When it comes to practicing optometry, you need to take into account that you will have to keep educating yourself for as long as you are in practice. In today’s ever-changing, fast-paced era of modern technology, advances in treatments and disease prevention are increasing by leaps and bounds.

You must be committed to bringing your patients the latest technology wonders to diagnose and treat them and provide all available services to ensure proper eye health.

What Kind of Salary Can I Expect as an Optometrist?

The BLS reports that the average salary of an optometrist is approximately $124,300 annually. Industry experts also predict that the field will grow by 10% between 2021 and 2031, which should not be surprising considering the ever-increasing use of eye-straining computer screens we work or entertain ourselves with every day.

Optometrists usually work in their own businesses, opening their small facilities. However, some choose to work within a larger group of clinical doctors. Most privately-owned clinics are open on weekdays, but there are franchises that also open during weekends and nights so that a patient can get medical help whenever they need it.

What Types of Optometry Coursework Are Available Online?

Online optometry classes are primarily designed for those who already hold a doctorate degree in the field. And why would a specialized optometrist want any kind of a course?

Well, as you progress as a professional, you will, without any doubt, want to stay up-to-date with the latest technology and practices used in eyes and vision care. Additional educational pursuits may also be required by your state if you wish to maintain your licensure.

Many of these courses are available online, such as:

  • neuroimaging,
  • glaucoma management,
  • ethics and optometric laws,
  • controlled substances,
  • new eyeglasses and contact lenses,
  • diabetic keratopathy, and many others.

If you are an actively working optometric, you probably would like to avoid a situation where you would be forced to give up a part of your practice to study in a traditional way. Online courses are the perfect solution for working, busy people.

What Schools Offer Doctor of Optometry Degree Programs?

Several schools offer excellent Doctor of Optometry (O.D.) programs to do in a traditional, on-campus way, such as:

What Is the Difference between Optometrists, Ophthalmologists, and Opticians?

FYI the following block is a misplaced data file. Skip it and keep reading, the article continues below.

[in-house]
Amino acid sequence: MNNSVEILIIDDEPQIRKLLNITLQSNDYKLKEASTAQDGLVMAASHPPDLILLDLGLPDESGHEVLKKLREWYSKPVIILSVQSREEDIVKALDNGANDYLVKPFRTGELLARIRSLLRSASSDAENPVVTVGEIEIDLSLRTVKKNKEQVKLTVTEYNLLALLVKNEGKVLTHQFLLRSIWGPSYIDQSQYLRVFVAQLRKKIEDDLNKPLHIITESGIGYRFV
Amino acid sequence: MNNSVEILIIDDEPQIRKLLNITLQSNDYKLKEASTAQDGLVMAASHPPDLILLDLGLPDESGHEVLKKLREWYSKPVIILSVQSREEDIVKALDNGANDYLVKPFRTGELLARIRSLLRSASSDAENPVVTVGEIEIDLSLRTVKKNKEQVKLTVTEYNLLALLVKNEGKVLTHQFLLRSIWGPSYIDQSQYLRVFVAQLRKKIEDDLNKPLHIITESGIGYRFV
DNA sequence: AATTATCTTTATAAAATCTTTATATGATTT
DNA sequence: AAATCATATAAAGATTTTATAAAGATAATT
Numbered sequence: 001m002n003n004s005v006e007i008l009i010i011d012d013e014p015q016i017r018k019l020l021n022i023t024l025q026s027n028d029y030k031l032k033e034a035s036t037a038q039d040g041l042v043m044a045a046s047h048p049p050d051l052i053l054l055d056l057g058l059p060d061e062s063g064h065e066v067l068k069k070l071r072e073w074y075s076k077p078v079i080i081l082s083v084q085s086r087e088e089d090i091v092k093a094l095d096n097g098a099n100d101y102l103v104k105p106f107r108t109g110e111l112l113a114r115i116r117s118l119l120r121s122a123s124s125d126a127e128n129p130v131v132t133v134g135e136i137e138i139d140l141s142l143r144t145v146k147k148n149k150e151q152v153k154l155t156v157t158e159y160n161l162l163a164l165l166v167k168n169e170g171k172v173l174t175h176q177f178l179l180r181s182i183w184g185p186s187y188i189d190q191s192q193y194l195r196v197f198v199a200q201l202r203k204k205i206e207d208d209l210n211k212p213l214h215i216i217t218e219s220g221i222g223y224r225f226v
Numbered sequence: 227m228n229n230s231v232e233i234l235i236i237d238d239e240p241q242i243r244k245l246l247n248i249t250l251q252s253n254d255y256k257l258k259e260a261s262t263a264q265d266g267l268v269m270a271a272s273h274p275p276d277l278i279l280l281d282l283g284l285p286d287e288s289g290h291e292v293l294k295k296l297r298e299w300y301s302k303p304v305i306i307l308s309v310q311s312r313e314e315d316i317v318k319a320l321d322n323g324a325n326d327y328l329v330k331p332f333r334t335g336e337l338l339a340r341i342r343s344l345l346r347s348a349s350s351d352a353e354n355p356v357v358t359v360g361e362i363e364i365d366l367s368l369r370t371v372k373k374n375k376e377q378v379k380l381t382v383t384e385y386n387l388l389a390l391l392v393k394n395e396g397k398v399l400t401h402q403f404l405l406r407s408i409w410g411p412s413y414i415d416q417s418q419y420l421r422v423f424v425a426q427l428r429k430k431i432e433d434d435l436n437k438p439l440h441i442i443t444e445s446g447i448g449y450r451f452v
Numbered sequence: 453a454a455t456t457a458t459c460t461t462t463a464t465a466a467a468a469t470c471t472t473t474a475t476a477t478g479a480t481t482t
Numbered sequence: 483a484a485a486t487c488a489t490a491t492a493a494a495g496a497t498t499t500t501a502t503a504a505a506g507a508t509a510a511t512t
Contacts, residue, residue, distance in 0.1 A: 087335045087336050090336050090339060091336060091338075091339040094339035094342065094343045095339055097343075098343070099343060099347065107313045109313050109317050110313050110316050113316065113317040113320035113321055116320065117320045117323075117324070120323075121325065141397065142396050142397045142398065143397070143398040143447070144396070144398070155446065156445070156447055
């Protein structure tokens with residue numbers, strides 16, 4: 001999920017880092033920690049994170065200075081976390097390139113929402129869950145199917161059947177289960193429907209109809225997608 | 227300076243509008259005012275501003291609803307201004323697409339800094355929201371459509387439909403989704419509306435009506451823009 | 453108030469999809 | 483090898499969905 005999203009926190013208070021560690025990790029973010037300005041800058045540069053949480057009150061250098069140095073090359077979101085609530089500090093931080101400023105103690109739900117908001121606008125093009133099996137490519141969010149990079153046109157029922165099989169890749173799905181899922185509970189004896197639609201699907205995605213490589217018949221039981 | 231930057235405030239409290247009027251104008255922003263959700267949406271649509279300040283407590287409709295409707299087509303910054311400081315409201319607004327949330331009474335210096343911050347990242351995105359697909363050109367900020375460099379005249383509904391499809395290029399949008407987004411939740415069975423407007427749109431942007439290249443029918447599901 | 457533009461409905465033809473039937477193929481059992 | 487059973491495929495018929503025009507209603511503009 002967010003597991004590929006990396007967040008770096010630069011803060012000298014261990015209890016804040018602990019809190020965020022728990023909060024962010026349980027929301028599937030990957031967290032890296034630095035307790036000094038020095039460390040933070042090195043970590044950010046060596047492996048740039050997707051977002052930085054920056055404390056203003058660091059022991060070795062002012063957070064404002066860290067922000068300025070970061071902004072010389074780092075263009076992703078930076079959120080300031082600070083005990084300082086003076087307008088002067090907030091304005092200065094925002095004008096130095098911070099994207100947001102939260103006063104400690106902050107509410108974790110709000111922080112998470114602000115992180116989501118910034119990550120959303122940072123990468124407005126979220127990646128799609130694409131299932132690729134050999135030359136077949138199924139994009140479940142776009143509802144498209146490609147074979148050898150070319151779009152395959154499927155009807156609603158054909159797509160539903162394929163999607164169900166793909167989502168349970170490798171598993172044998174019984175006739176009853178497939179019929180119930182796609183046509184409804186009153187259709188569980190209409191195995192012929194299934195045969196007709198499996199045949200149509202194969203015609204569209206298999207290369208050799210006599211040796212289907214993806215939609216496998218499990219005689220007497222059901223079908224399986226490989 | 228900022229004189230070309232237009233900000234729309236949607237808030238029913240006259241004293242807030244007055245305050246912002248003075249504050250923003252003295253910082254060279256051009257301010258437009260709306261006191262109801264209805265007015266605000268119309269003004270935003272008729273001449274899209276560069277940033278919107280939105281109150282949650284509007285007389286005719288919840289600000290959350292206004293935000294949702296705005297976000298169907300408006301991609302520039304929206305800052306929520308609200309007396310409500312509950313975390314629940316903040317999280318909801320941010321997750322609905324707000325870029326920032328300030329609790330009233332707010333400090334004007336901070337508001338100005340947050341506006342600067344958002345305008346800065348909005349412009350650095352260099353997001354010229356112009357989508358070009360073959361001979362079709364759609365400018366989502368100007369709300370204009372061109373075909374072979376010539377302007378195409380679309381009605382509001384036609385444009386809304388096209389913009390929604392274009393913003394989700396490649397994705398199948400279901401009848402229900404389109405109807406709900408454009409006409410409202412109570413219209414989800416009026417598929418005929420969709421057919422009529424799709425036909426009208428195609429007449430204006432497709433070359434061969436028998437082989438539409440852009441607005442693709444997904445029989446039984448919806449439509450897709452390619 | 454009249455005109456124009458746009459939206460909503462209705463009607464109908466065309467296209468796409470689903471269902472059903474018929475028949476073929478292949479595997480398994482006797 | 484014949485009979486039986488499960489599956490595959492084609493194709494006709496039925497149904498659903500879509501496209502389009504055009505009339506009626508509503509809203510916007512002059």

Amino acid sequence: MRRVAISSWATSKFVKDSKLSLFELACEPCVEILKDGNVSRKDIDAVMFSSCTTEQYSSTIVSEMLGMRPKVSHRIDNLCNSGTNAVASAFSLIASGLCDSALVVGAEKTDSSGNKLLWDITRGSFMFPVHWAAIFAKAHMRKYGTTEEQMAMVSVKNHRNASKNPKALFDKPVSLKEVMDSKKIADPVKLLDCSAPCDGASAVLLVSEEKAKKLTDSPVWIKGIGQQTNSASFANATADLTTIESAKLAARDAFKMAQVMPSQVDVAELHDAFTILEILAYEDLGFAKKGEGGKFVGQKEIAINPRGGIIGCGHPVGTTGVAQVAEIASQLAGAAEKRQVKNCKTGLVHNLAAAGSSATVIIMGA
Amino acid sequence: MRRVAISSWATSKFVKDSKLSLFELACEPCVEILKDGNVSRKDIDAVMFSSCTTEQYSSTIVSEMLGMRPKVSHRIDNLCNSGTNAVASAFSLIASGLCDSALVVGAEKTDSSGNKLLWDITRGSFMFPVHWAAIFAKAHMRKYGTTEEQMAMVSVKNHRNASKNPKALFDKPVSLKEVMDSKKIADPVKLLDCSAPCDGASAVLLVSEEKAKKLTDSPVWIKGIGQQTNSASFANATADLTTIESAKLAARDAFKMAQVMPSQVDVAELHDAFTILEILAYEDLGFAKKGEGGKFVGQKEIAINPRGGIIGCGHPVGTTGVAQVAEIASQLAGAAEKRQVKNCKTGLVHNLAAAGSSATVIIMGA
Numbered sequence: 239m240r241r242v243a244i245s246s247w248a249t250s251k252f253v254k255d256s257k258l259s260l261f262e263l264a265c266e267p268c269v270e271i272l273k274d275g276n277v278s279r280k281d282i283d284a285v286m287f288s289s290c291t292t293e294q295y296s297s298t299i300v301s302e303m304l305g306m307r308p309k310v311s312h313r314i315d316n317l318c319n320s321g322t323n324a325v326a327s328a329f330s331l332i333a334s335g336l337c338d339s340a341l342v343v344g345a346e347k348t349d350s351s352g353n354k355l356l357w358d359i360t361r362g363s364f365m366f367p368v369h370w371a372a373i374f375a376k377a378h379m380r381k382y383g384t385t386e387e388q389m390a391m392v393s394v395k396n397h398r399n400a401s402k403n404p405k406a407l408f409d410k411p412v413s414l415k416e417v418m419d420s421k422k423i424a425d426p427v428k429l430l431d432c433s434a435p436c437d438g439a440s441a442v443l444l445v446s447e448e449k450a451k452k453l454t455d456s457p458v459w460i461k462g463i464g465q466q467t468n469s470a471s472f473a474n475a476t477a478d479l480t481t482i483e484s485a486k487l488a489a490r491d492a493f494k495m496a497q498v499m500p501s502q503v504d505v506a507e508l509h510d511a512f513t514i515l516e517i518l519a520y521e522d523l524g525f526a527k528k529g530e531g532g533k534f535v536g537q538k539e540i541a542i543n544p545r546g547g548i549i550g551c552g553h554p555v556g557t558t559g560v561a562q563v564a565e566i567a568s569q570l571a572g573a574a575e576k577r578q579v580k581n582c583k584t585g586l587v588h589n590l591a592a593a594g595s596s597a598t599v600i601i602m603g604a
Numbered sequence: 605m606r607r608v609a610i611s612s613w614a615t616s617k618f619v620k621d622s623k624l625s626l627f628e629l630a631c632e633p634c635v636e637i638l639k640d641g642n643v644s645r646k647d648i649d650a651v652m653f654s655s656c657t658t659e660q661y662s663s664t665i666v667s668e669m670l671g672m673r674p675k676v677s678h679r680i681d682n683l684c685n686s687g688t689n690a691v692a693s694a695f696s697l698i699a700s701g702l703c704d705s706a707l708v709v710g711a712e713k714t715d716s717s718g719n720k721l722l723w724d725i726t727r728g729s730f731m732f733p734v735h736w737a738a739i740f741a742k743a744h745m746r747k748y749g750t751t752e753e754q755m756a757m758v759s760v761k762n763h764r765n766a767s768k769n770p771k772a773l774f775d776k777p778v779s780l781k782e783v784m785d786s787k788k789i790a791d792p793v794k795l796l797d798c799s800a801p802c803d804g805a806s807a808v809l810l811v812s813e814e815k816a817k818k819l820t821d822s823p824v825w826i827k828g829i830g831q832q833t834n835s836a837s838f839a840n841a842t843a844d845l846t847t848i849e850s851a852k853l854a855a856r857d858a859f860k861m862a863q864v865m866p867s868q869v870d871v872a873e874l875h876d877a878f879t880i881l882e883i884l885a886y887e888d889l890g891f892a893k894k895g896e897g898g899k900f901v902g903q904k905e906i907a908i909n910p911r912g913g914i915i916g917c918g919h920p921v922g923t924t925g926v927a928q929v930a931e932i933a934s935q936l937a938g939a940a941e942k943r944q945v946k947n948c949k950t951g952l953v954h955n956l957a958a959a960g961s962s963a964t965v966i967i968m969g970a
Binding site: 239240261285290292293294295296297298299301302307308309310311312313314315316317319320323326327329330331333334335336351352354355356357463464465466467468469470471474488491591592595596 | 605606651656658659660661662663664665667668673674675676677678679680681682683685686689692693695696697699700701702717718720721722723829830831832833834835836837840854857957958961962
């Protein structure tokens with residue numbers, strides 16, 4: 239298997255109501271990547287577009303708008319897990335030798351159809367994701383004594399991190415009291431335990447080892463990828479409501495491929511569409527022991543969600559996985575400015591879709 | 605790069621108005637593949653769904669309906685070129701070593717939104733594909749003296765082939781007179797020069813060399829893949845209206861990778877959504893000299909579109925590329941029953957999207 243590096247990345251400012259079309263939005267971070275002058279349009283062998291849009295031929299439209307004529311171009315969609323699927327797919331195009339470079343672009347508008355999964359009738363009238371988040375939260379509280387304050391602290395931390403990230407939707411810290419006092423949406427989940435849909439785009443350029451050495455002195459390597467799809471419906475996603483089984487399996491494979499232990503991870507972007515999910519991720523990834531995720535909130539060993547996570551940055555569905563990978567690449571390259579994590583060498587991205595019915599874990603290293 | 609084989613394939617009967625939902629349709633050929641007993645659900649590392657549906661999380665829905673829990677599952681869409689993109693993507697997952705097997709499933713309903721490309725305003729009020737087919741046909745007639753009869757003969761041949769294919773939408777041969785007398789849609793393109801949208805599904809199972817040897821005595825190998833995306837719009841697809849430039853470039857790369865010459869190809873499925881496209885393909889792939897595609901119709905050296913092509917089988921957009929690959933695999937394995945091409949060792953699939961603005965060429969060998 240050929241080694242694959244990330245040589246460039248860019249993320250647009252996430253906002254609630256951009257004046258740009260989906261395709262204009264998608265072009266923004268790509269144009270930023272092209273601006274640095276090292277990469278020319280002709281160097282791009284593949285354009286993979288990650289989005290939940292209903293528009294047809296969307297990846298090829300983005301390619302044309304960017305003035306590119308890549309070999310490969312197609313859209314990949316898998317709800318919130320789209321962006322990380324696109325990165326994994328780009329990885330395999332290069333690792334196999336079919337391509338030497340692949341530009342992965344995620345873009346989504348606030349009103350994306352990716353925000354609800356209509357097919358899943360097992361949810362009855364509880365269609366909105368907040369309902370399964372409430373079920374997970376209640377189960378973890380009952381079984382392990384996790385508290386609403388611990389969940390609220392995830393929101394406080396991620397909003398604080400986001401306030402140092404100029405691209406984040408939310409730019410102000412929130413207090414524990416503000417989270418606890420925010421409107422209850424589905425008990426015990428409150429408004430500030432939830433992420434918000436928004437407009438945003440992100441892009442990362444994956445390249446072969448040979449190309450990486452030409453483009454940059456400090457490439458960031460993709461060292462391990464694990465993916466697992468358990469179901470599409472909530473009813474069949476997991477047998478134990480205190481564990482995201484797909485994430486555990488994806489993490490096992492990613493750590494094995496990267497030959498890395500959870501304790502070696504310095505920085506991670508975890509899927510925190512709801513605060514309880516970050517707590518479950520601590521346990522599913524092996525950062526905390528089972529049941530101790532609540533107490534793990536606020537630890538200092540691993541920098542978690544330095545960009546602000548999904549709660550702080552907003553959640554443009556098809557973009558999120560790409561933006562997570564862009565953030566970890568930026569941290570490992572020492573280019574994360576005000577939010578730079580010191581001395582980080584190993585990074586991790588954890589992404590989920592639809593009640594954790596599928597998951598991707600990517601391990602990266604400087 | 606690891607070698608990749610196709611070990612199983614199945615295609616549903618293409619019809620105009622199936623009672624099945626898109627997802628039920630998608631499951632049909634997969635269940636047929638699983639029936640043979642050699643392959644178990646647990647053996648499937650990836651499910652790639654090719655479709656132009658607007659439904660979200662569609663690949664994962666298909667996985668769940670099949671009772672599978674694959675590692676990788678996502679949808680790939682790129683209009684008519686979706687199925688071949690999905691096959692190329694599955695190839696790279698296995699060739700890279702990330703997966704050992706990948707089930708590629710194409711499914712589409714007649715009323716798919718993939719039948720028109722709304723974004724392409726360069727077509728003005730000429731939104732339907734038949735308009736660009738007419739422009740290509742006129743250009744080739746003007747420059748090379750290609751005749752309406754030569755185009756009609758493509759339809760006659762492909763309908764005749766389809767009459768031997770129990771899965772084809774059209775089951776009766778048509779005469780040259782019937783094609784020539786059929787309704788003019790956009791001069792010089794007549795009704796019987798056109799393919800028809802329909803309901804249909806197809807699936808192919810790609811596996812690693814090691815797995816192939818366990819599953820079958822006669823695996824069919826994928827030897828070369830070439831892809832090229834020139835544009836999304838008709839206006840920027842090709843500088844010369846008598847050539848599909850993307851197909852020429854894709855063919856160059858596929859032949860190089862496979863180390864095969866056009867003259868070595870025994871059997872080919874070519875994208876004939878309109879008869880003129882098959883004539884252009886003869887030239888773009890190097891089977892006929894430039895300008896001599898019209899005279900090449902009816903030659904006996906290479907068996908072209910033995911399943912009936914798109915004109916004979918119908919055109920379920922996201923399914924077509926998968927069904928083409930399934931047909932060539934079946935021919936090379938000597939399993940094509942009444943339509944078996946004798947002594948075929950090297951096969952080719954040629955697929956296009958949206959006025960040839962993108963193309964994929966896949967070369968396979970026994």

Optometrists are healthcare professionals who take care of our eyes. They perform vision and eye exams, give a diagnosis, order treatments, prescribe certain medications or eyeglasses and contact lenses, etc. They are not medical doctors, but doctors of optometry, and their qualifications may be more limited than those of ophthalmologists.

Ophthalmologists are medical or osteopathic doctors who specialize in eye and vision care. They are the most advanced among all eye experts. They are licensed in medicine so that they can perform all medical surgeries involving eyes and vision.

They also perform examinations, diagnose and treat all kinds of eye conditions, diseases, and other abnormalities. Additionally, they often conduct scientific research and develop new technologies and solutions for preventing and curing eye problems.

Opticians are specialist technicians trained to design, fit, and adjust glasses and frames, contact lenses, and all types of devices to correct human eyesight. They have nothing to do with diagnosis or treating eye conditions; they choose the right solution for you according to a prescription, but they can’t prescribe anything.


Optometry is an excellent path to choose if you want to make a difference. It will allow you to improve your patients’ quality of life, help them see the world around them as it is, including their loved ones, beautiful landscapes, and breathtaking Mother Nature’s colors.

The field of optometry can be a very gratifying career path, but it may also be a lucrative one. The most important thing is to stay engaged and interested; you need to continue your education as long as you work to always be able to provide high-quality, up-to-date services to your patients.